Here in the best state to raise a family, it hasn’t been incredibly cold or snowy the past few weeks, but the temps have been in the upper 30s and 40s, and that can still be considered “soup weather.”

January Is National Soup Month

I know that I often mention National Soup Month or National Soup Day or just soup in general in this column, but … it’s soup! A winter staple. It’s not like I’m constantly mentioning frozen dessert treats from the ’90s. Soup is something we need this time of year, as much as a scarf and heavy boots.

So in that spirit, Curtis Stone has this Winter Minestrone, while Ellie Krieger has her Navy Bean Soup with Ham. Melissa d’Arabian’s Rich, Roasted Tomato Soup sounds good, as does Taste of Home’s Ultimate Chicken Noodle Soup. Bon Appétit has this French Onion Beef Noodle Soup, and The Slow Roasted Italian has this great Bacon Double Cheeseburger Beer Cheese Soup.

It has to be great because it has cheese in its name twice.

Next Week’s Holidays and Events

NFL Playoffs (January 16 and 17)

In divisional battles, the Rams play the Packers Saturday at 4:30 p.m. on Fox. Then at 8 p.m. on NBC, the Bills play the Ravens. On Sunday at 3 p.m., CBS will have the Browns and the Chiefs. At 6:30, Fox has the Bucs vs. the Saints.

Winnie-the-Pooh Day (January 18)

This day is celebrated because it’s the birthday of writer A.A. Milne. The first Pooh story was published on December 24, 1925, in the London Evening News. When Disney started to make their Winnie the Pooh features in the 1960s, they decided to go without the hyphens.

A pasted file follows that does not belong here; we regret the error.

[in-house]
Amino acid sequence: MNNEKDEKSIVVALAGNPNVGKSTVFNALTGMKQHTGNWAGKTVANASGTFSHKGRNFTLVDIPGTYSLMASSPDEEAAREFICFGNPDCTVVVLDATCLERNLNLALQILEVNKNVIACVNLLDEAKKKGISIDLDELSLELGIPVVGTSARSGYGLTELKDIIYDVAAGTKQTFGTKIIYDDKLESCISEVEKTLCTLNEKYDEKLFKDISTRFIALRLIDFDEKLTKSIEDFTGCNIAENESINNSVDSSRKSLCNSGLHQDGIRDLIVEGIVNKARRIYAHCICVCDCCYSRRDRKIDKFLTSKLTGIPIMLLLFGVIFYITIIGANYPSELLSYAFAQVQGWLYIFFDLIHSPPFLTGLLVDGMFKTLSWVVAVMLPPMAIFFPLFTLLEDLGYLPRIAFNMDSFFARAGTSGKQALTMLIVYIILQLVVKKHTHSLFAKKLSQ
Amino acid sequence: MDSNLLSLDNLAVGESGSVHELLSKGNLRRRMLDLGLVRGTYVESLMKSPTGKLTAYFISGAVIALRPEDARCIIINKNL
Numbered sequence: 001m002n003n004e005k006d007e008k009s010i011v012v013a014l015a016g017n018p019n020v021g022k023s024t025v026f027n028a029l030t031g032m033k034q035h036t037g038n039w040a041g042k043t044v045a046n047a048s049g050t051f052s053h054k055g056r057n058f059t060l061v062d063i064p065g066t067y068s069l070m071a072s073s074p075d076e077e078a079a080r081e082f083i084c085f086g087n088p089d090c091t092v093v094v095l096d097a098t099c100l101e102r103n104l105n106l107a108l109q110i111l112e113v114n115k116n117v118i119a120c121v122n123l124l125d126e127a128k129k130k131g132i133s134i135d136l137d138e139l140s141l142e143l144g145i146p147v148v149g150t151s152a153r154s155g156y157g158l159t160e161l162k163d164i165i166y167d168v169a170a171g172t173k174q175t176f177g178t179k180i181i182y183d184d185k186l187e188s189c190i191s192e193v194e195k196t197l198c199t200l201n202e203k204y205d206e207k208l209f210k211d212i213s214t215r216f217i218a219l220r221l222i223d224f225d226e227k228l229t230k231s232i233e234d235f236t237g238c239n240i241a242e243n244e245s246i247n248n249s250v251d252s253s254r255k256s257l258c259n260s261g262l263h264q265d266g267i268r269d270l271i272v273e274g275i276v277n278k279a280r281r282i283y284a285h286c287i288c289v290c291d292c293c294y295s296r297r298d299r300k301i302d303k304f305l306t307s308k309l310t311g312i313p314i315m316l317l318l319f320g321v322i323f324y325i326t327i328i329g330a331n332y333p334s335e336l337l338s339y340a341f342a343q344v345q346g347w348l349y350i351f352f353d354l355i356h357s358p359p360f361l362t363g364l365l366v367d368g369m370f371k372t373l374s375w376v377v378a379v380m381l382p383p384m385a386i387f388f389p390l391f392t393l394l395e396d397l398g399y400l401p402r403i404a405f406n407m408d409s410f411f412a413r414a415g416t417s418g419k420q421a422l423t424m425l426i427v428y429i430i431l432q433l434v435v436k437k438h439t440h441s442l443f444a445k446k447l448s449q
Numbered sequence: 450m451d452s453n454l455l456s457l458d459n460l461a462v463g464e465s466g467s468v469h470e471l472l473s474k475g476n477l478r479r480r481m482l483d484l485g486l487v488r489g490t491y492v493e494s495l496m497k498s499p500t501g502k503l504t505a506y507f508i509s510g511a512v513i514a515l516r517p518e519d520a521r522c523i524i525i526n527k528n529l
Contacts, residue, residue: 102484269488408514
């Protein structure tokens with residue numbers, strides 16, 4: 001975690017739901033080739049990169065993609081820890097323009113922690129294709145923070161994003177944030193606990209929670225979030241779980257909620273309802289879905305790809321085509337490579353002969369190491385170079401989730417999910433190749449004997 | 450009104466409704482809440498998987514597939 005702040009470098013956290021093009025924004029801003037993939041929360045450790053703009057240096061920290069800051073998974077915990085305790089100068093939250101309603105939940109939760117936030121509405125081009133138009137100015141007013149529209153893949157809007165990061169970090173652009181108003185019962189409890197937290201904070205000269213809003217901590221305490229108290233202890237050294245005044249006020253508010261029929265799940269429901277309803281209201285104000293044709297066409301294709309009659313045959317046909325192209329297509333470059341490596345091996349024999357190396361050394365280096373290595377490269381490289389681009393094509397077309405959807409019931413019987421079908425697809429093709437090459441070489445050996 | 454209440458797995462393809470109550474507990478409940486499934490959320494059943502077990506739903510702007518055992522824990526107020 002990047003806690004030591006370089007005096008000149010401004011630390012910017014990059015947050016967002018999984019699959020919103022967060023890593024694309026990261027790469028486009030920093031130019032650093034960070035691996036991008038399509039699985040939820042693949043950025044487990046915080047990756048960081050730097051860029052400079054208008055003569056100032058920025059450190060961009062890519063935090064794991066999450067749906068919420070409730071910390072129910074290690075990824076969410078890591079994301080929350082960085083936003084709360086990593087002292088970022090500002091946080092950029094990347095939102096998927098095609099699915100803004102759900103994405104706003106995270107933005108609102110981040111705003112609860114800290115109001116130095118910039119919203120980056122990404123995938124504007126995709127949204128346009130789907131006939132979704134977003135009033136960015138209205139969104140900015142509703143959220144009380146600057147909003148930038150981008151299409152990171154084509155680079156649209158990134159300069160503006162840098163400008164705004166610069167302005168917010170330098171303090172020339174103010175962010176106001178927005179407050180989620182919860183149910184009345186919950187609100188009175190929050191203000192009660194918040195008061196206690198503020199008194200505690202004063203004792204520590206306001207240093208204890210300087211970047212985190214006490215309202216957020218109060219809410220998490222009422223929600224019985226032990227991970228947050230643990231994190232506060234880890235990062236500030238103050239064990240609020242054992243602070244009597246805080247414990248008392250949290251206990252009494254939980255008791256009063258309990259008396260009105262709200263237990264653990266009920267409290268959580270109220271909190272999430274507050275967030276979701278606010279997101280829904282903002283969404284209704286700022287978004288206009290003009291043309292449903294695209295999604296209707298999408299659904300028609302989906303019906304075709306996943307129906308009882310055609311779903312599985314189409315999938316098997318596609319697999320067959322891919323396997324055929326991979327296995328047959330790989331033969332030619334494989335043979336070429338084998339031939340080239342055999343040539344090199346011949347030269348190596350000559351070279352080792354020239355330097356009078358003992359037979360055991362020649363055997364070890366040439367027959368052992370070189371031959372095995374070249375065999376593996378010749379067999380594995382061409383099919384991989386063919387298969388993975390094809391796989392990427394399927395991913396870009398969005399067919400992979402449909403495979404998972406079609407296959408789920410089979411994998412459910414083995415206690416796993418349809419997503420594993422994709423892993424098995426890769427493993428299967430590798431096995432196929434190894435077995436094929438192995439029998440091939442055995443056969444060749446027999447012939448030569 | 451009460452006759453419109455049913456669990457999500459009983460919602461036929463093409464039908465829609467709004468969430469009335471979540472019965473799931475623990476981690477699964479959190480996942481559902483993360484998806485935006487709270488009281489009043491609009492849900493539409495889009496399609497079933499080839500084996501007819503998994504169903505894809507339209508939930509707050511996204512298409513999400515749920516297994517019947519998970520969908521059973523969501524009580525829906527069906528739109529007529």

Presidential Inauguration (January 20)

All the broadcast and cable news networks and C-SPAN will have live coverage of the swearing-in ceremony, which happens at noon.

Featured image: Esteban Martinena Guerrer / Shutterstock

Become a Saturday Evening Post member and enjoy unlimited access. Subscribe now


  1. Oh Bob, you naughty boy. So it’s more than just the midnight slices of Sara Lee cheesecake. I watched the early ’90s Vienetta commercial from the link. You can’t remember if you’ve ever had the treat before—maybe once—but remember the commercial vividly. But of course. The last sentence IS ‘one slice is never enough’!

    The ranking of the states is pretty interesting, actually. I’m surprised California is as high as 25, putting it right in the middle, it’s so messed up. The EDD has my UI claim ‘suspended’ along with 1.4 million others per ‘possible fraudulent activity’. After 10 months I have to jump through a bunch of hoops to verify my identity so it can be unblocked. It’s not MY fault they erroneously sent money to men doing time in San Quentin, including Scott Peterson!

    I’m sorry Diana Millay’s gone now. The link you included has a great opening shot from 1968 (Dark Shadows peak year) of The Collinsport Historical Society. The lady in red pictured there is ‘Cassandra’ (Lara Parker). ‘Laura’ and ‘Angelique’ had more than one female power skirmish. By the way, the 1991 version is 30 years old this week.

    The soups you listed seem pretty good except for the Bacon Double Cheeseburger Beer Cheese Soup. That’s not healthy at all, and you know it! The NFL will have plenty of good distractions from politics on Sunday. I just hope the Inauguration on Wednesday goes well, or at least well given the frightening circumstances.


Your email address will not be published. Required fields are marked *